An essay by Dr. Henrik Ahlstrom, as provided by Dantzel Cherry
Art by Shannon Legler
DR27-6 wobbles one last time, and a crack laces across the marble shell, etched by a small egg tooth. White and red fluids spill out. The tooth saws back and forth a few times, then stops.
I dim the lights and wait.
Another few moments and an azure head pops out–a male, then. His slanted copper eyes shift around the room.
He’s calm, which means he hasn’t recognized me as a threat yet. I know the cameras and monitors are at work, so I wait patiently. One step onto the heated rocks, then four more in quick succession for the rest of his body to be free.
Something threatens him–the basking bulb, presumably–and he releases FPI44. Moving at such high pressure from the oral glands, the FPI44 compound bursts into flames and I measure seven inches. I suppose that makes DR27-6 the fiercest, strongest specimen in this round of the project, but this is not enough to get my hopes up. He will likely end up like the rest. His fierce eyes, though … they burn with life.
The blue on his head spreads downward and shares space freely with marigold until intermixing with crimson on the sailfin. His wings are beautiful, and functional–at least in theory. They’re useless in the first few hours of life. Once we engineered functional wings in stage 2, we added the gene expression inhibitor to turn off the God-given poison production in the oral glands, and added the FPI44 gland specific inducer in stage 3, which doesn’t agree with the neurons required for flight. I convinced Tom to speak with Monsieur Benefactor about being content with flying, non-fire-breathing dragons, but Monsieur was quite insistent.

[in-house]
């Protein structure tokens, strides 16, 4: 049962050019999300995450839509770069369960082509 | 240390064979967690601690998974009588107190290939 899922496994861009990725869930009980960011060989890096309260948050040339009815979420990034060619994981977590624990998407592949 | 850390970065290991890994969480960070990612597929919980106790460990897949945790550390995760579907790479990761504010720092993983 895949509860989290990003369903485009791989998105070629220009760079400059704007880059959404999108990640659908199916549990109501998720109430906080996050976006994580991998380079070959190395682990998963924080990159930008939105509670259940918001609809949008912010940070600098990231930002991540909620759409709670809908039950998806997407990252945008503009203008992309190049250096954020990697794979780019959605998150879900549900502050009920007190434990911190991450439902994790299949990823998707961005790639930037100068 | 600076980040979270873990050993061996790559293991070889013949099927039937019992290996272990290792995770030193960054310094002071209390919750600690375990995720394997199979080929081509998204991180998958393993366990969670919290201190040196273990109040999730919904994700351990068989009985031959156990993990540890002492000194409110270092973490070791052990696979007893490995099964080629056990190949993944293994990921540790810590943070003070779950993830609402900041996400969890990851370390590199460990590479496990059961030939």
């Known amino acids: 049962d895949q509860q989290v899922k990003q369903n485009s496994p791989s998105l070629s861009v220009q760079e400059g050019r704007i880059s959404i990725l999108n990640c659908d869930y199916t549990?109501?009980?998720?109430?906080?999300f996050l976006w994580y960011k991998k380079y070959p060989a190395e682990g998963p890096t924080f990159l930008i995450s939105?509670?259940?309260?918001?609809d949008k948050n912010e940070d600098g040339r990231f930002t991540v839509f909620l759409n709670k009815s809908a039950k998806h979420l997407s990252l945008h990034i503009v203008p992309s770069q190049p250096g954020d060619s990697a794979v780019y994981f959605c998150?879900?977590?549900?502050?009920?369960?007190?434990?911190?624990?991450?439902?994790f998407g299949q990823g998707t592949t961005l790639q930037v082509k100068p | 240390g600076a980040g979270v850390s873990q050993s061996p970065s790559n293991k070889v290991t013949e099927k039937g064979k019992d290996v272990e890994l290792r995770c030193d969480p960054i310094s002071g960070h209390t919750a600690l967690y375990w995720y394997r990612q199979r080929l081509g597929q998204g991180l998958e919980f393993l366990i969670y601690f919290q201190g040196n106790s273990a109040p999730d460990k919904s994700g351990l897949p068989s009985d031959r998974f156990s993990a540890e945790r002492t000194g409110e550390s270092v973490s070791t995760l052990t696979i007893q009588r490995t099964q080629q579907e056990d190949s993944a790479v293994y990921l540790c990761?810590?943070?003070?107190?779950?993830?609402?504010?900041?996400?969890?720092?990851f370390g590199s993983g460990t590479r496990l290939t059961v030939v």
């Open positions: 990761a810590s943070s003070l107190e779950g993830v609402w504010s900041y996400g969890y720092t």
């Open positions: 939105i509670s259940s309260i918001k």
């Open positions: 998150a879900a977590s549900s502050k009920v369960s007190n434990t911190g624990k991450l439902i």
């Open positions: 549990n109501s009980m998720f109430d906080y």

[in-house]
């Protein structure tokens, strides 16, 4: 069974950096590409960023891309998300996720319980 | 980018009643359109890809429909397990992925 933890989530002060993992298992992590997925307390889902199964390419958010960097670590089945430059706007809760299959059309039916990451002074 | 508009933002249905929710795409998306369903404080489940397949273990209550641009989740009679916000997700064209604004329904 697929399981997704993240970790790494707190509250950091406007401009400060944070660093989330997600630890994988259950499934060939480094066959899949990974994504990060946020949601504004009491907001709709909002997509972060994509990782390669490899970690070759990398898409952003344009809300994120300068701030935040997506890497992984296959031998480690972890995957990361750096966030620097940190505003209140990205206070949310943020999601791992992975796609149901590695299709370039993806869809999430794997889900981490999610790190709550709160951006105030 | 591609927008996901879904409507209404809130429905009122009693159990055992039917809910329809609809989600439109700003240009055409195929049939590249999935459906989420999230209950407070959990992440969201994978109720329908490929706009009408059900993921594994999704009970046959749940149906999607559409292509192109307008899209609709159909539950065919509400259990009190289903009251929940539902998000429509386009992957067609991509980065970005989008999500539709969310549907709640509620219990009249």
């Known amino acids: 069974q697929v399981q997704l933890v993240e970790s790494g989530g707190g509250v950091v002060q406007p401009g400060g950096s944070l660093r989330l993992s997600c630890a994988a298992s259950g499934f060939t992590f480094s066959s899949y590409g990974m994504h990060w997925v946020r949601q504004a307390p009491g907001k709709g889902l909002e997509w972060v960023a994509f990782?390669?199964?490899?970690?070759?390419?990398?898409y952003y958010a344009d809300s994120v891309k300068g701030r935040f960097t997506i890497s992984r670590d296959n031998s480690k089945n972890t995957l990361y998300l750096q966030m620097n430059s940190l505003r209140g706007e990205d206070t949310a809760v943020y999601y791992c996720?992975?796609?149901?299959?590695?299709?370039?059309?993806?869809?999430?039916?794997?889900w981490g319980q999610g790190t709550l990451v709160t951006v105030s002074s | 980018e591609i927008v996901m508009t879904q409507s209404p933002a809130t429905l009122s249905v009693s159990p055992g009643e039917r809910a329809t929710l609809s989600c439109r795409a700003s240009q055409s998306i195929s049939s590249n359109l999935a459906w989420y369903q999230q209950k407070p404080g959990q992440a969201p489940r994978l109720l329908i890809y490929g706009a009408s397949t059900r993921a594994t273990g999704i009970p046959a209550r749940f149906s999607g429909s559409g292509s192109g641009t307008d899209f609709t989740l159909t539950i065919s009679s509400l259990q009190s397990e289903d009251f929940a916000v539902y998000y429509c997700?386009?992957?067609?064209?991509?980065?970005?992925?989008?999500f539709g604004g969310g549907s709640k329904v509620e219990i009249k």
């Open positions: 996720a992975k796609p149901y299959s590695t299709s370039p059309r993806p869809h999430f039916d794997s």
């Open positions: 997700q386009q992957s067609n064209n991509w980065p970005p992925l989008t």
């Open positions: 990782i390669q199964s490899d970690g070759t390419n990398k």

Officially we name them with sterile, passionless identifications such as DR27-6, so that’s what I record for Tom and the herpetologists. But alone in the basement like this, wild eyes glaring at me, he is more. DR27-6 is Fafnir, the strongest dragon of them all.
I should stop reading so much.
Eventually Fafnir looks for his first meal, stalking over to the plates under the warm lights and investigating his choices: superworms, fruit, pellets, fresh fish. He hovers over the wriggling superworms, smelling, considering. He snatches one from the plate, then another, and another.
He eats until he is full, then prowls about his enclosure. He stops by the same basking bulb that startled him earlier and stares at it in apparent contentment this time. I wait, hoping he will act differently than the others at this point. The scientist in me knows I should be fully invested in this experiment’s success, but it’s a heavy toll to watch the fire burning out of a creature that’s lived for so long in our imaginations, yet only takes a few hours to die.
After a seven-year PhD and two post docs, I work for Monsieur Benefactor, who has no intention of letting Tom or me publish our work these last nine years. Sometimes I argue with the pragmatic Tom about our agreement, outraged that when–if–this is completed to Monsieur’s satisfaction I’ll have a great deal of money from his private accounts, but I won’t be able to account for all these wasted years on my résumé. I rage about Monsieur keeping these sorry creatures secret for himself and his select friends. Other times, I look at the specimens I am tinkering with and am relieved no one knows what I’ve done.
I forget about Monsieur when Fafnir’s wings, warm and dry at last, stretch open, preparing for flight. A breakthrough!